The Audemars Piguet Royal Oak mid size 15450ST.OO.1256S features a 37mm stainless steel case surrounding a silver Grande Tapisserie dial on a stainless steel bracelet with folding buckle.
The Royal Oak mid size 15450 uses the same Audemars Piguet manufacture caliber 3120. This automatic movement boasts a 60-hour power reserve, a full balance bridge, and a Gyromax-style free sprung balance. The Royal Oak is water resistant to 50 meters thanks to a screw down crown. Functions include hours, minutes, seconds and date. The watch also measures 9.9mm in thickness and 46.7mm from lug-to-lug.
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Today, we were discussing the Audemars Piguet Royal Oak 15450, the 37mm Royal Oak Automatic that features the same degree of craft, care, finish, and manufacture movement prowess as the 15400, but, in a far more wearable 37mm case. In many ways, the successor to the beloved reference 14790. This watch is the more natural fit for my 16cm circumference wrist than the quasi-Offshore 41mm steel equivalent, the 15400. The watch is easy to wear, it's also slim. The timepiece measure only 9.9mm thick with a generously sloped case flank—you can see how a cuff will easily slide up and over this one. Every Royal Oak lug-to-lug is bigger than its round case dimensions suggest. This is a 37, but lug-to-lug, it’s 46.7. And, if you include those rigid plots, the end links that cause the bracelet to flare, you wind up with 49.7mm across the wrist, which is to say that the watch effectively wears like a 39 or 40mm round watch, and that's something you need to take into account when you buy yourself a Royal Oak or an Offshore. You have to imagine the watch being one or two sizes larger and then think about how that will fit on your wrist.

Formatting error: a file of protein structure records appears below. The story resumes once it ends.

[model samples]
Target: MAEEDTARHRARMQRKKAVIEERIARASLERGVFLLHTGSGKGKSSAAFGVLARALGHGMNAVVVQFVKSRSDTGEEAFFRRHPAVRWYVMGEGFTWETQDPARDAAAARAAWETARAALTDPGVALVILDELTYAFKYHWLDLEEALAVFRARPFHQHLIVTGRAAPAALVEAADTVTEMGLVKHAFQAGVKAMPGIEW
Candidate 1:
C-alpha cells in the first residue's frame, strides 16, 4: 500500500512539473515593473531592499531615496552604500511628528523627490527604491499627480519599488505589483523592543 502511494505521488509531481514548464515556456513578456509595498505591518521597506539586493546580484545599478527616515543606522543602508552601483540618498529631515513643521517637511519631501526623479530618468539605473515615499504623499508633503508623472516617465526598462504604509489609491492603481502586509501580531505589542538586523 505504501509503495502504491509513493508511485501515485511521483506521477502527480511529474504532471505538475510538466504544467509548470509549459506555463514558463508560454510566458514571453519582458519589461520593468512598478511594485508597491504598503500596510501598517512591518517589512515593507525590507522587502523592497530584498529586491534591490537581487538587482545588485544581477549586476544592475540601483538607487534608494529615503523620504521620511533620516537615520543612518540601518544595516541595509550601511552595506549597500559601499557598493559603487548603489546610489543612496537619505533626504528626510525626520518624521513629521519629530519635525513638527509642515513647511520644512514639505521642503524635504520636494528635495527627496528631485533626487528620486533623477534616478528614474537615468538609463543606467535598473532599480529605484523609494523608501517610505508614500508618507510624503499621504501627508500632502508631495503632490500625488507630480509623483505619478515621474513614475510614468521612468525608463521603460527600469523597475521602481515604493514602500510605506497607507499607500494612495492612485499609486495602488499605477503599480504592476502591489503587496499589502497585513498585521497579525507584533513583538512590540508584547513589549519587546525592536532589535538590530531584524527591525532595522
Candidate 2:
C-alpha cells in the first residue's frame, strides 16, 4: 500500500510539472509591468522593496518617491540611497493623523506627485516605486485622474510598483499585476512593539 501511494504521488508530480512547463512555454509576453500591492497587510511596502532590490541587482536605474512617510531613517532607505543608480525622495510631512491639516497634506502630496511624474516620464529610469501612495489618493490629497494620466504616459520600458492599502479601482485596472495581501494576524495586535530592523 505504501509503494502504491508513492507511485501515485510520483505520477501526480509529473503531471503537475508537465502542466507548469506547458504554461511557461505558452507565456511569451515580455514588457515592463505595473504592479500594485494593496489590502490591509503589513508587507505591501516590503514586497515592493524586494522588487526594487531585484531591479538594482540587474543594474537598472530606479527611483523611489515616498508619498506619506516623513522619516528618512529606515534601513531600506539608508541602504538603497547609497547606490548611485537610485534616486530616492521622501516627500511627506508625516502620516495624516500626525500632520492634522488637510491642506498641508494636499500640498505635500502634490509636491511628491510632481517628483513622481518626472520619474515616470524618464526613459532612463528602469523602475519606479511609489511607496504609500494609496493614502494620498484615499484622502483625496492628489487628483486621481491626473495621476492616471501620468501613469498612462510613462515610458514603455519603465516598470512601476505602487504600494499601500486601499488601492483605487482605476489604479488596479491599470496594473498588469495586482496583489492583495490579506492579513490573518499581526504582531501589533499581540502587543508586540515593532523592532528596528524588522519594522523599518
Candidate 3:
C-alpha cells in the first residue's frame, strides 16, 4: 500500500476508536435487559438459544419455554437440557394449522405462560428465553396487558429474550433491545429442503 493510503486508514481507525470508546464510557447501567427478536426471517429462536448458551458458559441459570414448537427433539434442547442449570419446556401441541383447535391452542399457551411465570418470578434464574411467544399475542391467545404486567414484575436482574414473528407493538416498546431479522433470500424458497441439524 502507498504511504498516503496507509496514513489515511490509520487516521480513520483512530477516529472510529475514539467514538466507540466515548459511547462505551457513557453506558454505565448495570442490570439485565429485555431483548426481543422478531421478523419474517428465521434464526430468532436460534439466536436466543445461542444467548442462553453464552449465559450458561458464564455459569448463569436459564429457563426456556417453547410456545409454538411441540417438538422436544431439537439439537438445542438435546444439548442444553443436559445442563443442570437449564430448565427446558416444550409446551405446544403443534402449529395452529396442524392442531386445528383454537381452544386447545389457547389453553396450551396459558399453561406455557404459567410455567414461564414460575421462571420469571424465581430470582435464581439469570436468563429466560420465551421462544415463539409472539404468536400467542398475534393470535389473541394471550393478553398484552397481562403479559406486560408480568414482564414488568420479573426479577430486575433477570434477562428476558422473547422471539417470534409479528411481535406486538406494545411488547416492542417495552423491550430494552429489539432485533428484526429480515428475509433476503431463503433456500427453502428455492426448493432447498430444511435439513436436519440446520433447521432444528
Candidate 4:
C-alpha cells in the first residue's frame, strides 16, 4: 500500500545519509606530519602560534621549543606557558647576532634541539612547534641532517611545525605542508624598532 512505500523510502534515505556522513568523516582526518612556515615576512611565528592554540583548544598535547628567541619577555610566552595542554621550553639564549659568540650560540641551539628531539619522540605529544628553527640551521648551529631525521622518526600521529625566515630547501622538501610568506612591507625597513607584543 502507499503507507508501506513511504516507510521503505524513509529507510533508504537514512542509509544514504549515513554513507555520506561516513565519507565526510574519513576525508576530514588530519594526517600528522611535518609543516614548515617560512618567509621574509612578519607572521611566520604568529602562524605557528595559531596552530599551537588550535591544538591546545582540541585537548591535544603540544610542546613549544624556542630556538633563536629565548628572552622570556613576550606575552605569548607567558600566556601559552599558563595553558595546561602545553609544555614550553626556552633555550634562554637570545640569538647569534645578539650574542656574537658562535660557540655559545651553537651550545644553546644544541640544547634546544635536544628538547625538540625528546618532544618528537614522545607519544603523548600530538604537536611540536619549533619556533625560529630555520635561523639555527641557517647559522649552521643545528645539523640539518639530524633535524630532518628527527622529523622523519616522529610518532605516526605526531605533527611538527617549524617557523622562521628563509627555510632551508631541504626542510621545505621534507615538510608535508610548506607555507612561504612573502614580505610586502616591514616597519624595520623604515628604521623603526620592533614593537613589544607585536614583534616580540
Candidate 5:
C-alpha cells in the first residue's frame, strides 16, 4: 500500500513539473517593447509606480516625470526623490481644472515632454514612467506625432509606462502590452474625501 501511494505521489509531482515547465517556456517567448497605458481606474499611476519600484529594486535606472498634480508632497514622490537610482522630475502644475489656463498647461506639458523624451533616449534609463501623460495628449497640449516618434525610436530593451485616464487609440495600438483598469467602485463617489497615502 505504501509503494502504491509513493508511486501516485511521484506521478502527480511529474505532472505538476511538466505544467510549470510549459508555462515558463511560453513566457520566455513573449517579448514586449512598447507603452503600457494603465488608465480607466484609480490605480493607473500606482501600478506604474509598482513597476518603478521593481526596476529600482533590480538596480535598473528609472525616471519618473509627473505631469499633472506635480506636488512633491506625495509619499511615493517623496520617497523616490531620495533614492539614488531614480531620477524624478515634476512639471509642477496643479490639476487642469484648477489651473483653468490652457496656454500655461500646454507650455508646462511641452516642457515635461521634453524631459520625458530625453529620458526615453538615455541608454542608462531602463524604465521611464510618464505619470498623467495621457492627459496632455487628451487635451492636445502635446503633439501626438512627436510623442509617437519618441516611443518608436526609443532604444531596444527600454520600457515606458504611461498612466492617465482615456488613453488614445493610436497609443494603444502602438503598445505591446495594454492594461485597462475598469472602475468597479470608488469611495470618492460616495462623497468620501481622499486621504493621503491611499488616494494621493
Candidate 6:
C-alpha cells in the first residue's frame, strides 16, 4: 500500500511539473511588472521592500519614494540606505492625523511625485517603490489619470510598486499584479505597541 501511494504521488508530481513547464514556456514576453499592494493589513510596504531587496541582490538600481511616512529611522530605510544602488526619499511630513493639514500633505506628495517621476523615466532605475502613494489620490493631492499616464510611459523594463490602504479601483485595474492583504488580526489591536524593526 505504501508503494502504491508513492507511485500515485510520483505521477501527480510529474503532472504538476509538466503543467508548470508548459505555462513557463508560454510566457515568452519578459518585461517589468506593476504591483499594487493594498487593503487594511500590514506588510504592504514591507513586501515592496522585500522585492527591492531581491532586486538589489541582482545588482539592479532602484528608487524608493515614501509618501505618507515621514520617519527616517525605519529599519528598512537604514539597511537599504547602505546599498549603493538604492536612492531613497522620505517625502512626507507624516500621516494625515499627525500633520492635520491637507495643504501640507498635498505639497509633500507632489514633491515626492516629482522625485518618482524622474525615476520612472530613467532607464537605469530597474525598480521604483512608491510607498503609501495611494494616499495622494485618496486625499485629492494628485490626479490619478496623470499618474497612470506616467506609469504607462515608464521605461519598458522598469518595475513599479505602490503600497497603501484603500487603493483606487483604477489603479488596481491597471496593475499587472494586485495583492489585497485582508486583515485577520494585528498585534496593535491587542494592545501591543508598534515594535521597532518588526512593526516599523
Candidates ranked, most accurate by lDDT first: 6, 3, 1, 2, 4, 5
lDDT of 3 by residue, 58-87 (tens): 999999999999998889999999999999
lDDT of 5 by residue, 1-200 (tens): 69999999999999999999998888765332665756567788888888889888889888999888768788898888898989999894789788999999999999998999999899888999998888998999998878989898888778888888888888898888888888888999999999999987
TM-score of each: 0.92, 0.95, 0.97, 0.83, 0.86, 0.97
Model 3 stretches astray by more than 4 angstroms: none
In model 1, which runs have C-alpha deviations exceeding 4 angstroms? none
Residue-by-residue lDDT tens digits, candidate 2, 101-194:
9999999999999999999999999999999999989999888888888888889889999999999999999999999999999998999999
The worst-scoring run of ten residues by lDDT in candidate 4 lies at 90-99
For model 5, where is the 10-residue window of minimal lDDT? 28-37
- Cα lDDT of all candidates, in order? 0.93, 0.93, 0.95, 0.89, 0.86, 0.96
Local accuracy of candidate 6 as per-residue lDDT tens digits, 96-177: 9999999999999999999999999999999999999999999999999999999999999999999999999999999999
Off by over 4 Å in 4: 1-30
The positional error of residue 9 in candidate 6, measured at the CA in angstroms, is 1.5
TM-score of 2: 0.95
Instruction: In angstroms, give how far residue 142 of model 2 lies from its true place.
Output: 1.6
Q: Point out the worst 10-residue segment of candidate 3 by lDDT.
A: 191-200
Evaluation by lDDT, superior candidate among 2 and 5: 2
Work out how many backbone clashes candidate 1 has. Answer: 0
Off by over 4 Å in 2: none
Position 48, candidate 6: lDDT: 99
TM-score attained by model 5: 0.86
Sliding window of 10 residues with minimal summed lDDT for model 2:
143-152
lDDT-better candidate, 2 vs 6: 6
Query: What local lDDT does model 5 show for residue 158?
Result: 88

The good news here is that there's no compromise. The scale is different, but the detail is the same. Getting real close, you can see that the level of attention to detail lavished on this case, this bezel, these links, is the same as on every steel Royal Oak. It's far easier to finish gold and platinum with this kind of hairline bevel, perfectly aligned across components, than it is to do the same with steel. Remember back in 1972, the original Basel display pieces that AP showed, the prototypes of the Royal Oak, they were actually white gold because AP didn't then have the tooling to create those forms and that finish in steel. It's tough on both the finisher and the equipment.
Vertical satin finish on the flank, hairline bevel, linnear satin across the top. And, you'll even note, as I articulate the bracelet, the inner facings of these intermediate links are polished. You can only see their dazzling twinkle as you flex the bracelet. That is attention to detail. Nicely made, too—all removable links fixed by screws, and a clasp that feels substantial enough to be attached to an Offshore. Twin trigger—you can see it features a double deployant action, but everything is thick. Look at the cross section of that chassis and the swing arms. This one is built to last. No concerns when this one is buckled down on the wrist. Twin triggers also ensuring that it can't accidentally pop open. And, look at this double finish, both satin and blasted, in a component you'll scarcely ever see.